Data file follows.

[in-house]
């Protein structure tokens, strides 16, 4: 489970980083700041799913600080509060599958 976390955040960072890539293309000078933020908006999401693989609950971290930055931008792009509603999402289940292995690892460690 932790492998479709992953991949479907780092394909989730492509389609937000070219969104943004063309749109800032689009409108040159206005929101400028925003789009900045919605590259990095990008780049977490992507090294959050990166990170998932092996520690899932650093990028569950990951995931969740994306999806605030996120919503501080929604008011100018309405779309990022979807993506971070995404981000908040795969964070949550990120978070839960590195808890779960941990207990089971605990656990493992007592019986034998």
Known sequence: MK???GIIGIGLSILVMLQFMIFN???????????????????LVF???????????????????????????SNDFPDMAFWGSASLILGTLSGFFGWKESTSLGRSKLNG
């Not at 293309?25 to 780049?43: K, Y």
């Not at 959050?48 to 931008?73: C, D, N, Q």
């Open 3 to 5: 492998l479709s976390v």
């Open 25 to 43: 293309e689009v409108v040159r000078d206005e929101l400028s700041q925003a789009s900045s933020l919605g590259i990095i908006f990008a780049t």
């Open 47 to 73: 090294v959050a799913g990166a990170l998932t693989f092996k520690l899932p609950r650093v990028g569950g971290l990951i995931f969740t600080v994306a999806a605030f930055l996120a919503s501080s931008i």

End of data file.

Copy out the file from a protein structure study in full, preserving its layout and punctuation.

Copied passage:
[in-house]
């Protein structure tokens, strides 16, 4: 489970980083700041799913600080509060599958 976390955040960072890539293309000078933020908006999401693989609950971290930055931008792009509603999402289940292995690892460690 932790492998479709992953991949479907780092394909989730492509389609937000070219969104943004063309749109800032689009409108040159206005929101400028925003789009900045919605590259990095990008780049977490992507090294959050990166990170998932092996520690899932650093990028569950990951995931969740994306999806605030996120919503501080929604008011100018309405779309990022979807993506971070995404981000908040795969964070949550990120978070839960590195808890779960941990207990089971605990656990493992007592019986034998």
Known sequence: MK???GIIGIGLSILVMLQFMIFN???????????????????LVF???????????????????????????SNDFPDMAFWGSASLILGTLSGFFGWKESTSLGRSKLNG
């Not at 293309?25 to 780049?43: K, Y």
């Not at 959050?48 to 931008?73: C, D, N, Q």
């Open 3 to 5: 492998l479709s976390v």
């Open 25 to 43: 293309e689009v409108v040159r000078d206005e929101l400028s700041q925003a789009s900045s933020l919605g590259i990095i908006f990008a780049t």
């Open 47 to 73: 090294v959050a799913g990166a990170l998932t693989f092996k520690l899932p609950r650093v990028g569950g971290l990951i995931f969740t600080v994306a999806a605030f930055l996120a919503s501080s931008i």